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AAIC Press Release

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AAIC 2014 press room, July 12-17: 617.954.3414

ALZHEIMER'S DRUG TRIAL SHOWS COGNITIVE BENEFITS IN MILD CASES OF THE DISEASE; REINFORCES NEED FOR MORE RESEARCH INTO EARLY CAUSES AND MARKERS

Alzheimer's Association Statement from the Alzheimer's Association International Conference

COPENHAGEN, July 16, 2014 – Phase 2 clinical trial results for crenezumab (Genentech) were presented today at the Alzheimer's Association International Conference (AAIC 2014) in Copenhagen. The test drug did not meet its primary endpoints for cognition and activities of daily living (function).

There was, however, a positive finding in a subgroup of the study population with mild Alzheimer's disease who received the drug by intravenous (IV) infusion. The Alzheimer's Association notes a key learning from the trial, and others with similar results, is that treating Alzheimer's earlier in the disease process shows potential for effective treatment and prevention.

These results are an indication that Alzheimer's disease prevention trials testing therapies in people who have Alzheimer's-related brain changes but do not yet have symptoms of dementia have the potential to be more successful than those conducted on people who already are experiencing dementia symptoms.

Crenezumab is currently being tested in one of the Alzheimer's prevention trials being led by Banner Alzheimer's Institute (BAI), the Alzheimer's Prevention Initiative Autosomal Dominant Alzheimer's Disease Treatment Trial (API-ADAT). The study population is the extended family group impacted by young onset, genetic Alzheimer's near Medellin, Colombia.

These results also reinforce the need for more research into early causes and biological markers for Alzheimer's in order to make early intervention possible.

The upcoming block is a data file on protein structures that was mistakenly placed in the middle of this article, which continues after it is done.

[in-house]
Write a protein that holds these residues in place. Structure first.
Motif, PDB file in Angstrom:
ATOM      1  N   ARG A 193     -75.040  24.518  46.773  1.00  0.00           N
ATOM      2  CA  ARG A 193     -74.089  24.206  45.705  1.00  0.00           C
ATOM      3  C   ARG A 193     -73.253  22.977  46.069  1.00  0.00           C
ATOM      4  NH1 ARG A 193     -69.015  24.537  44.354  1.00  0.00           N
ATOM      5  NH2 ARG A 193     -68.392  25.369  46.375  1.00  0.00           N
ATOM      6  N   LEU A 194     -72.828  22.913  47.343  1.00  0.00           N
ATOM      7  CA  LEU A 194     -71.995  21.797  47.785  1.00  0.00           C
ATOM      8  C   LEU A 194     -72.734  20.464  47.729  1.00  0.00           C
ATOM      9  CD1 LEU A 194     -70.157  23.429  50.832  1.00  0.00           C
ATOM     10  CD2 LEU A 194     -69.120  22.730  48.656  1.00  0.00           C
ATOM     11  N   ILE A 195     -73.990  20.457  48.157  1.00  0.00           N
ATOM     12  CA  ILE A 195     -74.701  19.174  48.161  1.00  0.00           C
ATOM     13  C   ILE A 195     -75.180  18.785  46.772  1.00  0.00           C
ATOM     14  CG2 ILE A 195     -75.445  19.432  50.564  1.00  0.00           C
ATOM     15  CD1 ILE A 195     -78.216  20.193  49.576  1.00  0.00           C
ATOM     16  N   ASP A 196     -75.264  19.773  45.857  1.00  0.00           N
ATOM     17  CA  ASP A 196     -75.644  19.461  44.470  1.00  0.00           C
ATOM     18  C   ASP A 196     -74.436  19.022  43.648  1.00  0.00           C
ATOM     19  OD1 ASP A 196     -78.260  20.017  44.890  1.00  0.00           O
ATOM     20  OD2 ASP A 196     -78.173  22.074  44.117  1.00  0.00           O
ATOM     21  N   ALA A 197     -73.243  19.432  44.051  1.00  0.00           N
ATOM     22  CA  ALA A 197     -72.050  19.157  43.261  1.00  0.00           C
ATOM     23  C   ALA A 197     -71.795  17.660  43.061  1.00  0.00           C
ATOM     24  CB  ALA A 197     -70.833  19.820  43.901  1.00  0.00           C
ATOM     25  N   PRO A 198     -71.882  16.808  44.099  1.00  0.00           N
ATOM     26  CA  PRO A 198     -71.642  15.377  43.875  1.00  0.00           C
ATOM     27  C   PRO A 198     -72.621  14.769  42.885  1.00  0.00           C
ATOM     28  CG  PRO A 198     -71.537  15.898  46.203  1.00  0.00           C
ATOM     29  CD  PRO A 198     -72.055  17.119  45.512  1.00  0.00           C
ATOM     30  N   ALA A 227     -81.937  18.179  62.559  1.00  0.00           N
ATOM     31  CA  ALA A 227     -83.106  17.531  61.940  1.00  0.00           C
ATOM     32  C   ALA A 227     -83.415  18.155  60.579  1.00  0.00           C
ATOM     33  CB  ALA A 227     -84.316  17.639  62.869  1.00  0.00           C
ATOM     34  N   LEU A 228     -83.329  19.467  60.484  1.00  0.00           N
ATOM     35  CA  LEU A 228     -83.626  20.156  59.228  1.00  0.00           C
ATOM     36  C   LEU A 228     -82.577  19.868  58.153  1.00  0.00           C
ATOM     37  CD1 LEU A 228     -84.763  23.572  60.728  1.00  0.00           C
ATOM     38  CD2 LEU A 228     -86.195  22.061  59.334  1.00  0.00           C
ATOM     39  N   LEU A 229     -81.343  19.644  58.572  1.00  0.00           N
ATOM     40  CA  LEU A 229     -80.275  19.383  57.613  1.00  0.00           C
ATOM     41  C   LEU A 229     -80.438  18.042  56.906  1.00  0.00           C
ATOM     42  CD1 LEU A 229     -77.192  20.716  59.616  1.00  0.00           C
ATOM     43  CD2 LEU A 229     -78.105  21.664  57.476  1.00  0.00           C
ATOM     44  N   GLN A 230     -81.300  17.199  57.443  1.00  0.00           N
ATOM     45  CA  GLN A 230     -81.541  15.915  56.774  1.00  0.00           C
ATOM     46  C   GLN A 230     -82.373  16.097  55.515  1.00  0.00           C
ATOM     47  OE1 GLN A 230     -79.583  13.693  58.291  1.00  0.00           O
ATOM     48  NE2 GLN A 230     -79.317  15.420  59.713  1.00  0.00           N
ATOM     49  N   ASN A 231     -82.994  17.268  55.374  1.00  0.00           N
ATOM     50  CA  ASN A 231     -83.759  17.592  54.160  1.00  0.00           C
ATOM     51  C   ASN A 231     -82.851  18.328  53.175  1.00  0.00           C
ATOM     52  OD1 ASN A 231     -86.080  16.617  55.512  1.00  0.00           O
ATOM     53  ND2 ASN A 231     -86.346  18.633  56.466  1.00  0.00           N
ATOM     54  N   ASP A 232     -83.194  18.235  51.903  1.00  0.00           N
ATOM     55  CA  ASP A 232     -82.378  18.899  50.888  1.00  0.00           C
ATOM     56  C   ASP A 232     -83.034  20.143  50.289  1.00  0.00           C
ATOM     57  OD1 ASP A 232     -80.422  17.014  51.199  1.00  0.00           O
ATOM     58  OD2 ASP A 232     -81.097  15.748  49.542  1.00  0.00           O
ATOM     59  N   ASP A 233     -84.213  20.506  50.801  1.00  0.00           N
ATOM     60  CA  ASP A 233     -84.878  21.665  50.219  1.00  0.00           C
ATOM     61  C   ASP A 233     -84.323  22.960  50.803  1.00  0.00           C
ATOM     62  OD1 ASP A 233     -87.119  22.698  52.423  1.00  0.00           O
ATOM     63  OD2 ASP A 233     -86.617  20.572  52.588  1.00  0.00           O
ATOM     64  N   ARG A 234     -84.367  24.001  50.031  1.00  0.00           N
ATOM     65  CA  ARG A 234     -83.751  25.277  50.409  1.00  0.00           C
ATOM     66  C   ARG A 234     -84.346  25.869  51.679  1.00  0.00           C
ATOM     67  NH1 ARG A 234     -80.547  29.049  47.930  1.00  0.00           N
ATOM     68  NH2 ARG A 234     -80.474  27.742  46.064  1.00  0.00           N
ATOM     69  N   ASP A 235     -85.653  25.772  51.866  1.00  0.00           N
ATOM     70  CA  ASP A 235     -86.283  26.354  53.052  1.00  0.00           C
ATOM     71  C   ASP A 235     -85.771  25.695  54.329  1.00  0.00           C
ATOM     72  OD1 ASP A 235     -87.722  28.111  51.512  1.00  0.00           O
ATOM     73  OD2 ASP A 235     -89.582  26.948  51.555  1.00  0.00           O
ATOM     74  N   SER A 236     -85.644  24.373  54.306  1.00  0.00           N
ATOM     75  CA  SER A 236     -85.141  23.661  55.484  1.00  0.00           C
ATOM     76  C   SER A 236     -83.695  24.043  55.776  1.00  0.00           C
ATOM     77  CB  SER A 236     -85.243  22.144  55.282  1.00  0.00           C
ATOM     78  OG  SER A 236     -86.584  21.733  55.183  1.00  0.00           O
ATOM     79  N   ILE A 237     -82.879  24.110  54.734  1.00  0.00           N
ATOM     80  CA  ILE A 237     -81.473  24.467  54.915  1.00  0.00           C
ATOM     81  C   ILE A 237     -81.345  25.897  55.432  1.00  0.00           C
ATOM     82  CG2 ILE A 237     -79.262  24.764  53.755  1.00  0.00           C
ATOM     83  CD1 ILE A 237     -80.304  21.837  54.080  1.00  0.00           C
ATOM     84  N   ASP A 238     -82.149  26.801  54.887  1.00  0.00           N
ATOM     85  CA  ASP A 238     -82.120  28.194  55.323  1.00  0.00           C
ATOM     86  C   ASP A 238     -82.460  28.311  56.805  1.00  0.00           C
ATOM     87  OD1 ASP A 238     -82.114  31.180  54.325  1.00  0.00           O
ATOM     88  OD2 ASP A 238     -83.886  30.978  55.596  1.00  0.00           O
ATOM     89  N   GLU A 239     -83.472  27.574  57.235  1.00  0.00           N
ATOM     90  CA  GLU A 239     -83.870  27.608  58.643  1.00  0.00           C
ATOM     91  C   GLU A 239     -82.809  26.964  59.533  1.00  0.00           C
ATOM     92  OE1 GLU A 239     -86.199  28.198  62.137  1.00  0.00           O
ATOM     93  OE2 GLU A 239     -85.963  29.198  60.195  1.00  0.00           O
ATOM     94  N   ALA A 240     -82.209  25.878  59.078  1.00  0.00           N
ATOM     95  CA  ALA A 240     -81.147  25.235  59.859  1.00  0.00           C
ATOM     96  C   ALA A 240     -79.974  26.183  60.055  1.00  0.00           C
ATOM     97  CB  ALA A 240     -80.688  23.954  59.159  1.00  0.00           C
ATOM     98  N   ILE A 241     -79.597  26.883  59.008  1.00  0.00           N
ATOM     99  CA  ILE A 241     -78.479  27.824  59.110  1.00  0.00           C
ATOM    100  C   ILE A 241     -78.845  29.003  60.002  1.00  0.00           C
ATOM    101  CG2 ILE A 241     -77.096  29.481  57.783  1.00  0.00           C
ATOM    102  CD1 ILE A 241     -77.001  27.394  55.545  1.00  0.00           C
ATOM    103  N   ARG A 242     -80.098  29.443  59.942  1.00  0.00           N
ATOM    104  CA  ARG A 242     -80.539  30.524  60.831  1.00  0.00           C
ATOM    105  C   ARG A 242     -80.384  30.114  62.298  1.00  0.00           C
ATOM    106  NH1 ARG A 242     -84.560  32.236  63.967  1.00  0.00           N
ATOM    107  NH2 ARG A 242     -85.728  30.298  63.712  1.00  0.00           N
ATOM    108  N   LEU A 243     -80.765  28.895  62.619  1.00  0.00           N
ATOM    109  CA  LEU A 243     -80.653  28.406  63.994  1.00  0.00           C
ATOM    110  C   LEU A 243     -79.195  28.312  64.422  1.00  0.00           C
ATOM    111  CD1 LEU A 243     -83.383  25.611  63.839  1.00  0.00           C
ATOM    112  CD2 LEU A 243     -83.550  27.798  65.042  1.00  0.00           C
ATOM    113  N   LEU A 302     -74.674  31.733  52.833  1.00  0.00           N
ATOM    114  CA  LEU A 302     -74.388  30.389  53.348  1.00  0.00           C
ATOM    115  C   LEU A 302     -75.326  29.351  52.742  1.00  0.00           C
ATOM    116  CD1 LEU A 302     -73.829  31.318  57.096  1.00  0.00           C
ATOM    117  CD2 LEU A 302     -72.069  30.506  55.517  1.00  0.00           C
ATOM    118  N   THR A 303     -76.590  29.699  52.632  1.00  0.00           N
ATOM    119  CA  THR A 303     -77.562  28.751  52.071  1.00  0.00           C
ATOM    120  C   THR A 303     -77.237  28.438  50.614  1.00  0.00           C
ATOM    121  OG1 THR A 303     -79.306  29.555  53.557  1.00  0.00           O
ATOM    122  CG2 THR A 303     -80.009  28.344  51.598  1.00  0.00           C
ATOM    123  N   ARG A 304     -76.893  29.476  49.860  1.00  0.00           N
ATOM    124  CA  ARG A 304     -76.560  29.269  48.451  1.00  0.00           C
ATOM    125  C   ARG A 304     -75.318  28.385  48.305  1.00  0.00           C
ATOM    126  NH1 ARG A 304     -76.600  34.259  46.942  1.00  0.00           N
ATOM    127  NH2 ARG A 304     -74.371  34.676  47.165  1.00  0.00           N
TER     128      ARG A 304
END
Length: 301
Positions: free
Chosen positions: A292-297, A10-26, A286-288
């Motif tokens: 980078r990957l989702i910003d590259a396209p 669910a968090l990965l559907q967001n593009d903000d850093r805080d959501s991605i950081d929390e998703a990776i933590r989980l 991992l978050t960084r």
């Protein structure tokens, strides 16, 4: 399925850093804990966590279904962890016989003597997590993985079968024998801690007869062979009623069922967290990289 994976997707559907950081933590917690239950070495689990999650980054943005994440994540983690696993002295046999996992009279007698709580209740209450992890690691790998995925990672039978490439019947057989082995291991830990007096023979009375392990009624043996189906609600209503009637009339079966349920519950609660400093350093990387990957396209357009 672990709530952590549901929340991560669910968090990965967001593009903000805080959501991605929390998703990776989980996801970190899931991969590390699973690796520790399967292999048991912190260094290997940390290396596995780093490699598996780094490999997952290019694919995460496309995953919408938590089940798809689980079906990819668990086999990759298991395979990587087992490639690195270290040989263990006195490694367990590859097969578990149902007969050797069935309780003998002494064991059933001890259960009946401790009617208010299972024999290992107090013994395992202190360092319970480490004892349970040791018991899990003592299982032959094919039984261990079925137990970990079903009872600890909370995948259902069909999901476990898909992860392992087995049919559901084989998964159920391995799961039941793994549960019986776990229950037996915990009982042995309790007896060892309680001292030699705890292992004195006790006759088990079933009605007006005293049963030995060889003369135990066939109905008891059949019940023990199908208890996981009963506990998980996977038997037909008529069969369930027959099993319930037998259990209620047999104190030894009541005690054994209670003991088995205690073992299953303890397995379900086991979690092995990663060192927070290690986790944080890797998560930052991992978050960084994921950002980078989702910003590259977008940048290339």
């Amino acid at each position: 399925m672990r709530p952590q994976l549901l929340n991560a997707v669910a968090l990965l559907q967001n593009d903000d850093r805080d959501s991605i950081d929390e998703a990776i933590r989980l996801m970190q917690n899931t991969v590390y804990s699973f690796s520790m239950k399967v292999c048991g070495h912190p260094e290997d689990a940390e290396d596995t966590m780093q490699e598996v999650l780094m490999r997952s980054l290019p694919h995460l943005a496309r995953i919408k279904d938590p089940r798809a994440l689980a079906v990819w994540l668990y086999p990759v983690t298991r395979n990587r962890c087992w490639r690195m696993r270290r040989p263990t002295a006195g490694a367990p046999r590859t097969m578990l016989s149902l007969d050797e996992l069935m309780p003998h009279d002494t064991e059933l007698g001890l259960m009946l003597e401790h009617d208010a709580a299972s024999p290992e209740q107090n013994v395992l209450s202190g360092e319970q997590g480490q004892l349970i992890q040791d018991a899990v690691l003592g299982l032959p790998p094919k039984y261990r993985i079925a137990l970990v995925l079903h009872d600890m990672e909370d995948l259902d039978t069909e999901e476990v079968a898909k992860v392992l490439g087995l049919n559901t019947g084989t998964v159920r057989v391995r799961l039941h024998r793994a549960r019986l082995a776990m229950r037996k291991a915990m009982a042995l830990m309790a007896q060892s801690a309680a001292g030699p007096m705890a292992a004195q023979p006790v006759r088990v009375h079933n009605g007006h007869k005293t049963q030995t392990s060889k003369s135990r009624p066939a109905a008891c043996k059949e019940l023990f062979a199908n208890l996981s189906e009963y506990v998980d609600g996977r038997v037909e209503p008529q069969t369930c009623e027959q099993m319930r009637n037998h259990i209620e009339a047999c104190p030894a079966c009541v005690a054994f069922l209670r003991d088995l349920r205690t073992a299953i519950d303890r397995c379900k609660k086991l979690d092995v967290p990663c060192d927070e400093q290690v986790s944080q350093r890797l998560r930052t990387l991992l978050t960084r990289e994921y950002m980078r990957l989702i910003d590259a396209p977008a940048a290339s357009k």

Current investigations into Alzheimer's disease suggest there may be more than one “pathway” for the development and progression of the disease, specifically one instigated by amyloid as well as non-amyloid pathways. While much is being done to understand the onset and progression of Alzheimer's disease, the Alzheimer's Association stresses there is a critical need for new ideas in Alzheimer's treatment and prevention. For example, these emerging non-amyloid pathways present a great opportunity for innovation.

In March 2014, the Alzheimer's Association awarded its largest-ever research grant – $8 million over four years – to support the Longitudinal Evaluation of Amyloid Risk and Neurodegeneration (LEARN) study as a companion to the Anti-Amyloid Treatment in Asymptomatic Alzheimer's Disease (A4) Study, a pioneering Alzheimer's prevention trial.

A first of its kind study, one objective of LEARN is to follow a group of amyloid negative individuals to determine causes of cognitive decline besides buildup of amyloid beta in the brain. The Alzheimer's Association's goal with the LEARN grant, a goal shared with the A4 effort, is to jump-start the development of new detection methods, treatments, and prevention strategies for Alzheimer's disease and other dementias.

With the support of the Alzheimer's Association and the Alzheimer's community, the United States created its first National Plan to Address Alzheimer's Disease in 2012. The plan includes the critical goal of preventing and effectively treating Alzheimer's by 2025. It is only through strong implementation and adequate funding of the Plan, including an additional $200 million in fiscal year 2015 for Alzheimer's disease research, that we'll meet that goal.

About AAIC

The Alzheimer's Association International Conference (AAIC) is the world's largest gathering of leading researchers from around the world focused on Alzheimer's and other dementias. As a part of the Alzheimer's Association's research program, AAIC serves as a catalyst for generating new knowledge about dementia and fostering a vital, collegial research community. Scientists leading the advancement of research gather to report and discuss the most current data on the cause, diagnosis, treatment and prevention of Alzheimer's disease and related disorders.

About the Alzheimer's Association

The Alzheimer's Association is the world's leading voluntary health organization in Alzheimer care, support and research. Our mission is to eliminate Alzheimer's disease through the advancement of research; to provide and enhance care and support for all affected; and to reduce the risk of dementia through the promotion of brain health. Our vision is a world without Alzheimer's. Visit www.alz.org or call 800.272.3900.

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Where the world reveals the latest dementia research • Washington, D.C., United States • July 18-23, 2015